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Attorney: Donald Sterling Agrees to Sell Clippers

A Los Angeles Clippers fan holds a cut out picture of owner Donald Sterling as the fan arrives to attend the Clippers playoff game five against the Golden State Warriors at the Staples Center in Los Angeles, California, April 29, 2014.
A lawyer for embattled owner Donald Sterling of the National Basketball Association's Los Angeles Clippers says his client has agreed to sell the team for an NBA-record $2 billion.

Maxwell Blecher said Wednesday that Sterling will sell the Clippers to former Microsoft CEO Steve Ballmer, who agreed last week to buy the team for $2 billion through negotiations with Sterling's wife, Shelly Sterling.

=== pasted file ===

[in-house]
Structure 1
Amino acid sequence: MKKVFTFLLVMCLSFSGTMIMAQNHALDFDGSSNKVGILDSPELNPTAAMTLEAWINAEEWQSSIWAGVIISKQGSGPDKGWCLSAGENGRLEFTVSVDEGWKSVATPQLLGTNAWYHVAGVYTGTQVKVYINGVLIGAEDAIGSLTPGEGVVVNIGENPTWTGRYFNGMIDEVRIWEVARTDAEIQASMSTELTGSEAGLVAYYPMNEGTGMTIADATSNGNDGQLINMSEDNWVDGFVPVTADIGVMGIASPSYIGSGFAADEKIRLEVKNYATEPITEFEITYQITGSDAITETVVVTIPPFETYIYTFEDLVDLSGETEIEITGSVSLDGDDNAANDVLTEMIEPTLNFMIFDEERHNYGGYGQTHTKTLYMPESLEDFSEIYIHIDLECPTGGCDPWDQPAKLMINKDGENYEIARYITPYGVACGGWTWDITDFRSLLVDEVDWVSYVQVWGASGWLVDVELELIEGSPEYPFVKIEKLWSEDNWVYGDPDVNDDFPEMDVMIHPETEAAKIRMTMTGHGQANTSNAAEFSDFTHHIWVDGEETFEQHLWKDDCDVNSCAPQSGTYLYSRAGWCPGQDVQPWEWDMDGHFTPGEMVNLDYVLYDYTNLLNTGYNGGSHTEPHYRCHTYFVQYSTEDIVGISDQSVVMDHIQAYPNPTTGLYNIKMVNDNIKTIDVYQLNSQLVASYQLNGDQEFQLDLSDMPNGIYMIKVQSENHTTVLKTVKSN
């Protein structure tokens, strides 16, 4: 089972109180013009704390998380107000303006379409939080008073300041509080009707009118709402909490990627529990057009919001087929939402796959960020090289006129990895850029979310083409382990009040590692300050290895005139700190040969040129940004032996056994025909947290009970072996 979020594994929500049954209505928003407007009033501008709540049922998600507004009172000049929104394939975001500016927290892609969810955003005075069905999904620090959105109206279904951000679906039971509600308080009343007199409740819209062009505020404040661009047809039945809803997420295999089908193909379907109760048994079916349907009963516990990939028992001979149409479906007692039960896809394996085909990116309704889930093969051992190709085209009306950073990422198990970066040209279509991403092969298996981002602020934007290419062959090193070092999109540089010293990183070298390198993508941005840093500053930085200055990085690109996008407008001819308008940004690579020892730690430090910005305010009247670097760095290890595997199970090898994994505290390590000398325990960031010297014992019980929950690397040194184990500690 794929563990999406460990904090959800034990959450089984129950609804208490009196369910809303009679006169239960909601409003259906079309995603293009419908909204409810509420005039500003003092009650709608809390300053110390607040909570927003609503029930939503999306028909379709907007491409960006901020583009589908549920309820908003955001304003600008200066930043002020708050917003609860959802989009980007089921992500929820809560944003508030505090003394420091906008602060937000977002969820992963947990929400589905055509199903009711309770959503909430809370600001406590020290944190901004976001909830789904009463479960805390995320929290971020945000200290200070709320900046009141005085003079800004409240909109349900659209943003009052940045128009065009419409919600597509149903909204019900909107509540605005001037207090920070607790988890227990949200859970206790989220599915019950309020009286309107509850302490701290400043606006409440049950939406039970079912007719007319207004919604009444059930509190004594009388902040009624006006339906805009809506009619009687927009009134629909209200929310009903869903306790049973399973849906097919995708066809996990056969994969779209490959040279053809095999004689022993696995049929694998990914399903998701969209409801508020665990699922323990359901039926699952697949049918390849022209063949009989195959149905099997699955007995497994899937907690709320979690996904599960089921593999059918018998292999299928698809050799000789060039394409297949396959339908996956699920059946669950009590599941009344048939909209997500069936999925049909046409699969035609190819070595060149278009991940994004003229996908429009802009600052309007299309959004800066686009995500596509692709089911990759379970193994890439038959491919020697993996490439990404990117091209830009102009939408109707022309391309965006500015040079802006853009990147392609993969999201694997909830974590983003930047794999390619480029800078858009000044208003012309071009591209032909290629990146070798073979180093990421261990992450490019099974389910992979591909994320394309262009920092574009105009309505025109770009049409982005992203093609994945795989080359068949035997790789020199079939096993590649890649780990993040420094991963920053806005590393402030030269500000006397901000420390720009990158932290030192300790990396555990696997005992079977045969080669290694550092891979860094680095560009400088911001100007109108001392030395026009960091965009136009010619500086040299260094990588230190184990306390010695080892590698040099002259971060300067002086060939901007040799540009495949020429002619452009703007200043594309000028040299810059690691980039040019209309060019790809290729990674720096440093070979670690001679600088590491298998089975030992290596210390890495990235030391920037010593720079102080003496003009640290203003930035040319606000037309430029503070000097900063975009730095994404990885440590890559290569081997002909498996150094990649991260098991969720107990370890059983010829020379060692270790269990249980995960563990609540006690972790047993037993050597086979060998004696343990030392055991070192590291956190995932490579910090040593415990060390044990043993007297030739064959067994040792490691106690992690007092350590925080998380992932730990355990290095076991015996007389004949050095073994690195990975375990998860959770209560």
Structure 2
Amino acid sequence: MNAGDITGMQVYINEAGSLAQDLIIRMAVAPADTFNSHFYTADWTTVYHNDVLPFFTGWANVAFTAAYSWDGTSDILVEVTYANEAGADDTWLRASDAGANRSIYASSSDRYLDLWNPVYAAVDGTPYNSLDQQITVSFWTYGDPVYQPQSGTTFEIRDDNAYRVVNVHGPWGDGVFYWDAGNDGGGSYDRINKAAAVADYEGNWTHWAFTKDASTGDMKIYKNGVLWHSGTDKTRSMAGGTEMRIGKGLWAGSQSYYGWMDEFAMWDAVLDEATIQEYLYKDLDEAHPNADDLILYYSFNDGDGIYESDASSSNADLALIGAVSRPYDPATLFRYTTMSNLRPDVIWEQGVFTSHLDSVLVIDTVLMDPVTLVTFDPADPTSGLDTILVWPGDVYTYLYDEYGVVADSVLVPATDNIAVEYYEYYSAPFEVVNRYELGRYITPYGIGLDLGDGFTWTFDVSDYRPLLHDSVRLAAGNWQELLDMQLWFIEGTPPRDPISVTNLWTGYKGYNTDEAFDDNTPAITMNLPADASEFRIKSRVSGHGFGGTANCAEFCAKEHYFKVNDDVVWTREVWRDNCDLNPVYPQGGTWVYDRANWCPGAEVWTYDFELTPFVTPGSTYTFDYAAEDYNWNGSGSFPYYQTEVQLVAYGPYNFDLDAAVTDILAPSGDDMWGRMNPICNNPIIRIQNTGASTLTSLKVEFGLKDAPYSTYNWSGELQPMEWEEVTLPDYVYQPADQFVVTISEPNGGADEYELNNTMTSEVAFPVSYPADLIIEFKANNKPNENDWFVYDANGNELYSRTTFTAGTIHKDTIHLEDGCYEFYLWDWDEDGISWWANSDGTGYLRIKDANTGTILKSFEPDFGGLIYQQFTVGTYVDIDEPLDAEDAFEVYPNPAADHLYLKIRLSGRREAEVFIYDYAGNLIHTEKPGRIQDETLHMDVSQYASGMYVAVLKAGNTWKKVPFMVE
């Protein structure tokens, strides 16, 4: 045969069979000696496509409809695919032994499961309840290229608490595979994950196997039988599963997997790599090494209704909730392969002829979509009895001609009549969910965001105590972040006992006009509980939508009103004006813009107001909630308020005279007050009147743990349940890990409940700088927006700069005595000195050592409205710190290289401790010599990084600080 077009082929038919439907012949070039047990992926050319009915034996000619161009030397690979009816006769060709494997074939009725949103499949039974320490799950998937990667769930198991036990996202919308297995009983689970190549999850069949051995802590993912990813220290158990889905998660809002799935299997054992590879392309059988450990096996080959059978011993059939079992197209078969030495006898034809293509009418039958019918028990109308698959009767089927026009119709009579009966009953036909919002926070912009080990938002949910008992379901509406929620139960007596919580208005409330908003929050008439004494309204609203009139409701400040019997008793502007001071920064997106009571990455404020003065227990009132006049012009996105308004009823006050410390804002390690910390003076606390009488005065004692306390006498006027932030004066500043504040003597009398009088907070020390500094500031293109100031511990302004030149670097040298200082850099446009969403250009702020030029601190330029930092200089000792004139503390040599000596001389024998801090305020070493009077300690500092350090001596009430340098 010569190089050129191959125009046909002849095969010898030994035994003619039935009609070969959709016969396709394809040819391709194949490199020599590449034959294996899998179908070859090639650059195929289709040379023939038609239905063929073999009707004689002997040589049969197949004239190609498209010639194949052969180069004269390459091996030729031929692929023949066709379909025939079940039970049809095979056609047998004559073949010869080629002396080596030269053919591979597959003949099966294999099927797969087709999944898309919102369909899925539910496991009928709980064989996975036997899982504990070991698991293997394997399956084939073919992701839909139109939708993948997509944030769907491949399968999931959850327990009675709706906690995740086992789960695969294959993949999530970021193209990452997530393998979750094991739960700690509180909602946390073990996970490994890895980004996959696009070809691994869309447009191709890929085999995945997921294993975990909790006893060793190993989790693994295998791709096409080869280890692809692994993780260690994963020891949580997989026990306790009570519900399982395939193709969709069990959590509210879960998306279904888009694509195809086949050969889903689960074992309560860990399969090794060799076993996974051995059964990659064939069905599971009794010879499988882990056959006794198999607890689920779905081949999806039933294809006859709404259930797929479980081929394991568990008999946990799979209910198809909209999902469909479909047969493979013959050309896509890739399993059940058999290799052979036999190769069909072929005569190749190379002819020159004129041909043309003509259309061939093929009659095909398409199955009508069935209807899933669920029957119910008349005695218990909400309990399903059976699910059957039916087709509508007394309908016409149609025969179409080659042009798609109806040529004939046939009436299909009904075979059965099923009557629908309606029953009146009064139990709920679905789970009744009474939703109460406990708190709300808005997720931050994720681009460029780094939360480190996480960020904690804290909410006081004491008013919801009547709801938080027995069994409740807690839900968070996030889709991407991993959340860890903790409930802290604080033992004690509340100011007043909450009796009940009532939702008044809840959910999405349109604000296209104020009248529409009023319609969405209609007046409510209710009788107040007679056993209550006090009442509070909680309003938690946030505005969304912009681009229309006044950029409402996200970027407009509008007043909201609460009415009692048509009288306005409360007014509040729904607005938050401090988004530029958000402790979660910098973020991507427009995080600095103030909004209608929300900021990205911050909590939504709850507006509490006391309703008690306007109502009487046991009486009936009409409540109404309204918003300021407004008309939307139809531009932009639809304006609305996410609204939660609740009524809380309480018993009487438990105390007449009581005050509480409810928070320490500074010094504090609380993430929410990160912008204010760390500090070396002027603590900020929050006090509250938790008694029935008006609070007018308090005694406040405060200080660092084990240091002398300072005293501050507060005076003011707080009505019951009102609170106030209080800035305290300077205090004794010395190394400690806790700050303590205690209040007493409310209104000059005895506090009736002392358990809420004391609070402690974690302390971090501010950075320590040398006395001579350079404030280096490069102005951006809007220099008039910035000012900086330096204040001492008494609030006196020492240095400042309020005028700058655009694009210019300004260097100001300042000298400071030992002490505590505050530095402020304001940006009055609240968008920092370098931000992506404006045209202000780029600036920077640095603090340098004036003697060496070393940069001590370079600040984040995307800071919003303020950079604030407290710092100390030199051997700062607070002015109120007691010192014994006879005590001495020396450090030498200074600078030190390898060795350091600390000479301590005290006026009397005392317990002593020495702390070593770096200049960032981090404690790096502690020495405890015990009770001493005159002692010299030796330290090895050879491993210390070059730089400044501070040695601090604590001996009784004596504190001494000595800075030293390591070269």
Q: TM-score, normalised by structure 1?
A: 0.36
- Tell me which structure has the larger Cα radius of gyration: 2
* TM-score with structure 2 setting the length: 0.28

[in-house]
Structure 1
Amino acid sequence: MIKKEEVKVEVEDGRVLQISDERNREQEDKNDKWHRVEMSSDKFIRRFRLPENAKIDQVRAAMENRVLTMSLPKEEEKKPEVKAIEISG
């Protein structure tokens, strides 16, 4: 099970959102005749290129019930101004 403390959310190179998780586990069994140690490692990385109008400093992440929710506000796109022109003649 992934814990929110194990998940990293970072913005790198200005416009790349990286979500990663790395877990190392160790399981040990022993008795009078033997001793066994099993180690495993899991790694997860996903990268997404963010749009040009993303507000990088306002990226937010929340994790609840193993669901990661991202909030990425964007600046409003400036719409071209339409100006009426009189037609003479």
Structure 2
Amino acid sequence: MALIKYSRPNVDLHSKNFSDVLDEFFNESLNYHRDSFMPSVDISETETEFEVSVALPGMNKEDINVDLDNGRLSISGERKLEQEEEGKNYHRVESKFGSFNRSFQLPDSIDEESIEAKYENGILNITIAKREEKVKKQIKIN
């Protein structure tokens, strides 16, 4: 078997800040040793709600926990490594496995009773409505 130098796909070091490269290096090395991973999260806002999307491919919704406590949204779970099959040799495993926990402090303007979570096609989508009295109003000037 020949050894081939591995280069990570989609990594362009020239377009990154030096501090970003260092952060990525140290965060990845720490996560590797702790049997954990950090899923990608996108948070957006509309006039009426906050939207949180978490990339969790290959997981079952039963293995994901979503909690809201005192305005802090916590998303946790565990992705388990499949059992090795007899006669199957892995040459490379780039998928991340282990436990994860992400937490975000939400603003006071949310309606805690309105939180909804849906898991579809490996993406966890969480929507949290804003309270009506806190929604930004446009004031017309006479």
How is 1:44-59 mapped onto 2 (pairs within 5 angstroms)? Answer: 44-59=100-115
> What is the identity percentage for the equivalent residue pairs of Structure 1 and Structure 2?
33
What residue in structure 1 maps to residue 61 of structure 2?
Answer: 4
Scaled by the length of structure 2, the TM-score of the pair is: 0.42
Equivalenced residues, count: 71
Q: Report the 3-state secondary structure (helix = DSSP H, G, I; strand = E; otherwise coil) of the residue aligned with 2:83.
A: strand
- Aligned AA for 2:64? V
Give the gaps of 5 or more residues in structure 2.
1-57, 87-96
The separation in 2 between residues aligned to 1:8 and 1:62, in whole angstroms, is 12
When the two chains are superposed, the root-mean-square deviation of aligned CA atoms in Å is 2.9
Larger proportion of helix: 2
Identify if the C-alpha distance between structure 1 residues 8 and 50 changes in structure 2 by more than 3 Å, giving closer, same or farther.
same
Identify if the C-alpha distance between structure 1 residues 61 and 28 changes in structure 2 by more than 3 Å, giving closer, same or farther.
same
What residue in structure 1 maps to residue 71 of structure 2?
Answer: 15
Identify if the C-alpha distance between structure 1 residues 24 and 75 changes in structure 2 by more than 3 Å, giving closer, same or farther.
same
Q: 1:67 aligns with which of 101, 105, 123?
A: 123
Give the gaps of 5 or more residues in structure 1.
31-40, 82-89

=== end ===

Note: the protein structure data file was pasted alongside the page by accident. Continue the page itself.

Blecher said Donald Sterling will also drop his $1 billion lawsuit against the NBA. Sterling had alleged the league violated his constitutional rights by forcing him to sell the Clippers based on a recording that was illegal under California law.

Segments from the private audio recording emerged in April. On it, Sterling made racist remarks about black people, telling a female companion not to bring African-Americans to Clippers games.

NBA Commissioner Adam Silver responded by banning Sterling from the league for life and vowing to urge the other NBA owners for force Sterling to sell the Clippers. Silver also fined Sterling $2.5 million, the maximum allowed under NBA rules.

The NBA's Board of Governors must approve the sale of the Clippers to Ballmer, who retired as Microsoft CEO in February. Sterling's lawyers originally said he would not agree to last week's deal to sell the team to Ballmer.

The 80-year-old Sterling, who bought the Clippers for $12 million in 1981, is the longest-tenured owner of any of the NBA's 32 teams.